1. The name of my artifact: Cleaver Magazine Reviews
2. Images of my prototype:
(Click any thumbnail to for larger image). If the four images don’t appear, refresh page and they should pop up.
3. Some background on the gap I addressed and my problem definition:
My design gap was: find a way to incorporate occasional reviews of small-press poetry and fiction publications in my quarterly literary magazine. My primary user needs were that the review content be easy to identify (as separate from other content) and access from the front page of the magazine, and be accessible through a menu tab leading to an index page. Additionally, the review content needed to be attractive to the eye. The review authors needed to be instantly identifiable as separate from the authors of the books being reviewed and the authors of the site’s literary content. The review pages need to retain sitewide branding while being immediately distinguishable from other types of content on the site.
I took the review page design through many iterations, first testing the design with mock pages (Check out my fake book reviews, written by squirrels and chickadees), and later experimenting with real content. I also did user tests (I got a lot of great feedback by contacting users through a Facebook post.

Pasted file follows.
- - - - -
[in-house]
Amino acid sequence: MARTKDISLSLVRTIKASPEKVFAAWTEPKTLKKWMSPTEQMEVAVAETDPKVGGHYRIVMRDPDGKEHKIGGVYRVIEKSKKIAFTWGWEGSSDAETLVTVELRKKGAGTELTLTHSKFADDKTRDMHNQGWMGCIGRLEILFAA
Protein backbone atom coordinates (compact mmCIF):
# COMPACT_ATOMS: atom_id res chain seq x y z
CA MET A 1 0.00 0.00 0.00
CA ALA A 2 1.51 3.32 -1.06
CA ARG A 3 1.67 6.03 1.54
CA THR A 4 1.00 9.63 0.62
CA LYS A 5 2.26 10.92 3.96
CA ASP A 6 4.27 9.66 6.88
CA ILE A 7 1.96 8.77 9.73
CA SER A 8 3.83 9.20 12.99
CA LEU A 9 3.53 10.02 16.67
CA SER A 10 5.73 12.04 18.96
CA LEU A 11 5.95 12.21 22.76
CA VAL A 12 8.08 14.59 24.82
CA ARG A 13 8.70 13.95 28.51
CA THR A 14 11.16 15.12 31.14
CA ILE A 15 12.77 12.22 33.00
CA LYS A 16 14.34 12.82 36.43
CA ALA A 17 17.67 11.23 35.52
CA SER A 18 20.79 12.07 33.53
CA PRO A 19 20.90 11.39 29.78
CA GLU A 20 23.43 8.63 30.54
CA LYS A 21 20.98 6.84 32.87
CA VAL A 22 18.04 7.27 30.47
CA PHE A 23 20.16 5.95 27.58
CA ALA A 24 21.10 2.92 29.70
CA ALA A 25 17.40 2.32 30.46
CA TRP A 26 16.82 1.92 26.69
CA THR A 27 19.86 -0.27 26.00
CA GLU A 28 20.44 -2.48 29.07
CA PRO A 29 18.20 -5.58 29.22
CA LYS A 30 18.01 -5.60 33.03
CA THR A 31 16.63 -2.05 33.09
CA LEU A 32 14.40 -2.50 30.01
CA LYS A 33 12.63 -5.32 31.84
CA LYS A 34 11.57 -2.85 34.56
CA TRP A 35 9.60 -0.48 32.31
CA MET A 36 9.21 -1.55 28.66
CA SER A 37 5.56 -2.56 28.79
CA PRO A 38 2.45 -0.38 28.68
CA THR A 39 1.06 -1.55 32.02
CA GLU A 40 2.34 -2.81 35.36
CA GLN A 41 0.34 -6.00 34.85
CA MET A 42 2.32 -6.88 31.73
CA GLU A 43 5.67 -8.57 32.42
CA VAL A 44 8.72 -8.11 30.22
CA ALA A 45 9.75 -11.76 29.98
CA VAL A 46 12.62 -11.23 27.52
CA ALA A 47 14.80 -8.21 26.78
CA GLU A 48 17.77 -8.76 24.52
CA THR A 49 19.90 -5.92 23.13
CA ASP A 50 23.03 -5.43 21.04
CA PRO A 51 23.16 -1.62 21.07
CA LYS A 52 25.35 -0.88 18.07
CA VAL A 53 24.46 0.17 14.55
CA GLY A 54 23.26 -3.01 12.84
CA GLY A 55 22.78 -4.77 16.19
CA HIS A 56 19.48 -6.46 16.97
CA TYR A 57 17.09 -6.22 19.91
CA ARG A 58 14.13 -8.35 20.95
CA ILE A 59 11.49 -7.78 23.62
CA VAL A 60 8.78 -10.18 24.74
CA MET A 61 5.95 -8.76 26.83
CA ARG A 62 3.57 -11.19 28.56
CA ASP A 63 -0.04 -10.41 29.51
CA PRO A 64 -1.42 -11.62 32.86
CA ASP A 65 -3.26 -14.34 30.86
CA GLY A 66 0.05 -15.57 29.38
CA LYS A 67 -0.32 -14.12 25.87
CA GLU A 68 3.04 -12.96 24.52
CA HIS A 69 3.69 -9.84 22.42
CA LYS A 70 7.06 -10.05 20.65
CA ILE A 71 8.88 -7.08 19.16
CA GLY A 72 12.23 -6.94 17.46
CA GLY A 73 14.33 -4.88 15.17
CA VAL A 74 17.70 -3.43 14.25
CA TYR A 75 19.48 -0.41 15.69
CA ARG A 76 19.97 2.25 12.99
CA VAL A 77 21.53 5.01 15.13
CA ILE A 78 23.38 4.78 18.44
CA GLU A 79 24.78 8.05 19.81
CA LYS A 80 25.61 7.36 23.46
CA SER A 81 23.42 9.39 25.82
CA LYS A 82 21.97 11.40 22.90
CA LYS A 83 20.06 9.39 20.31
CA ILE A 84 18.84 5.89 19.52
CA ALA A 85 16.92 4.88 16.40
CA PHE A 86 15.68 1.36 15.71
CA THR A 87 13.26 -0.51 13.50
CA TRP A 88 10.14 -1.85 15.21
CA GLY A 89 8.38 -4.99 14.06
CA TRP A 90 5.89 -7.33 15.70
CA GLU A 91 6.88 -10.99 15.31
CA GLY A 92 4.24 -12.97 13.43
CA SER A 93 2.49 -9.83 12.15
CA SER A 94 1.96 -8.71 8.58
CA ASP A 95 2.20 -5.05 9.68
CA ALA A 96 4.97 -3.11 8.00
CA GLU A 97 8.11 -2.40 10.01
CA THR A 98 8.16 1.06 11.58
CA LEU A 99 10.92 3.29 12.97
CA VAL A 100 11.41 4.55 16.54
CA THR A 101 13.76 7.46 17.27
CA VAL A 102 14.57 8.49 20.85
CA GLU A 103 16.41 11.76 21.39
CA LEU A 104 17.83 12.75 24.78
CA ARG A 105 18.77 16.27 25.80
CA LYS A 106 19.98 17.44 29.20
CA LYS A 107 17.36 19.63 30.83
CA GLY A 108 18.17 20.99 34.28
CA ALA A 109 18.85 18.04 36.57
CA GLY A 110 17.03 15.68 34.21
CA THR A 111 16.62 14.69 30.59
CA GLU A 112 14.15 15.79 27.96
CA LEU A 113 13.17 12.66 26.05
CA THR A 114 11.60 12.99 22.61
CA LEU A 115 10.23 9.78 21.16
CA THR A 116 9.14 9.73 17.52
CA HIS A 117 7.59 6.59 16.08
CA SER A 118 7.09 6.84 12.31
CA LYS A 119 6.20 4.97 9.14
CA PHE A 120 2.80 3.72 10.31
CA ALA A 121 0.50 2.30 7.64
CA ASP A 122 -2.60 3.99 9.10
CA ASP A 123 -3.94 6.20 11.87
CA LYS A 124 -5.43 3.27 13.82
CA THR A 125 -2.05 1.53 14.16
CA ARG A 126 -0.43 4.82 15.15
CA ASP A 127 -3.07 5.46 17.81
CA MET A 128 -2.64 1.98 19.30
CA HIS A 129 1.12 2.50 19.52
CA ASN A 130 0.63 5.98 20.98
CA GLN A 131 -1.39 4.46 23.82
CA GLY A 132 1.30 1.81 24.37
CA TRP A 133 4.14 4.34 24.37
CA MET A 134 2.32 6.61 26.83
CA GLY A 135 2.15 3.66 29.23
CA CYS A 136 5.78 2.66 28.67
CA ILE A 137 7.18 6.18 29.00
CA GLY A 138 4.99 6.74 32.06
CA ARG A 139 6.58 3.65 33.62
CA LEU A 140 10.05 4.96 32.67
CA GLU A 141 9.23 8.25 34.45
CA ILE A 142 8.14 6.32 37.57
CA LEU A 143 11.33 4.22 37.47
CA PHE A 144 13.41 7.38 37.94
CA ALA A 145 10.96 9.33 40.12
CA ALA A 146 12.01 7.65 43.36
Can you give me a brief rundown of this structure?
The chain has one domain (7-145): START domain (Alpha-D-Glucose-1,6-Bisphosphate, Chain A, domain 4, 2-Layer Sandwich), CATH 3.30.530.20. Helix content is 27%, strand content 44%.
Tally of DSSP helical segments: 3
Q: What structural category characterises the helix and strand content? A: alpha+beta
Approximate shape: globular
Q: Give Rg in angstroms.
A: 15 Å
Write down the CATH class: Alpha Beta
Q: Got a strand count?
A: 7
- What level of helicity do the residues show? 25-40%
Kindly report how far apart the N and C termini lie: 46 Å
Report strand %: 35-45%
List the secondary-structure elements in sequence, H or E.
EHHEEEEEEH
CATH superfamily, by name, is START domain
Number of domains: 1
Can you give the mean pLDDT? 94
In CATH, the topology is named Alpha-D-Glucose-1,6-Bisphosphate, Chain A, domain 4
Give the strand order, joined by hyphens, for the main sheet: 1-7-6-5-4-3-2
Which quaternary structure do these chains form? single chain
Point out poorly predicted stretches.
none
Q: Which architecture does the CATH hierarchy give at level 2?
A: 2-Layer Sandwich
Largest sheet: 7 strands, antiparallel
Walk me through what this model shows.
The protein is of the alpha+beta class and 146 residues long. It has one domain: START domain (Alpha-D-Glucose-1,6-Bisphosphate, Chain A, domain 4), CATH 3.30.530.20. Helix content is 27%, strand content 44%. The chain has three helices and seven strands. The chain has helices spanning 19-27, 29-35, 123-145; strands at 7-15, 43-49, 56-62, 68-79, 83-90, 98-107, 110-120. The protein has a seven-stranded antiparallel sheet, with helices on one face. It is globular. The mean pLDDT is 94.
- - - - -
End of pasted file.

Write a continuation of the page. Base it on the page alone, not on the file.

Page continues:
I eventually settled on this design (Click through to see the page live):
4. A very short description of what the next steps would be to further refine and develop your artifact:
I’m fairly pleased with the results for the moment, but there a few details that concern me:
- The design and architecture of the site is such that “posts” (i.e., the pages with content, such as book reviews and literary content) have no sidebars. I designed it this way deliberately to allow a clean look, so the reader can concentrate on the article. But in the future I will probably need to incorporate ads throughout the site, so sidebars may become necessary.
- Because there are no sidebars, I need to manually add a caption to the featured image (of the book) with the text “click to return to index”. I’d prefer a somewhat slicker interface.
5. Any other information you feel might be interesting to classmates:
I enjoyed this course so much that I kept a “course blog” with thoughts as the semester progressed.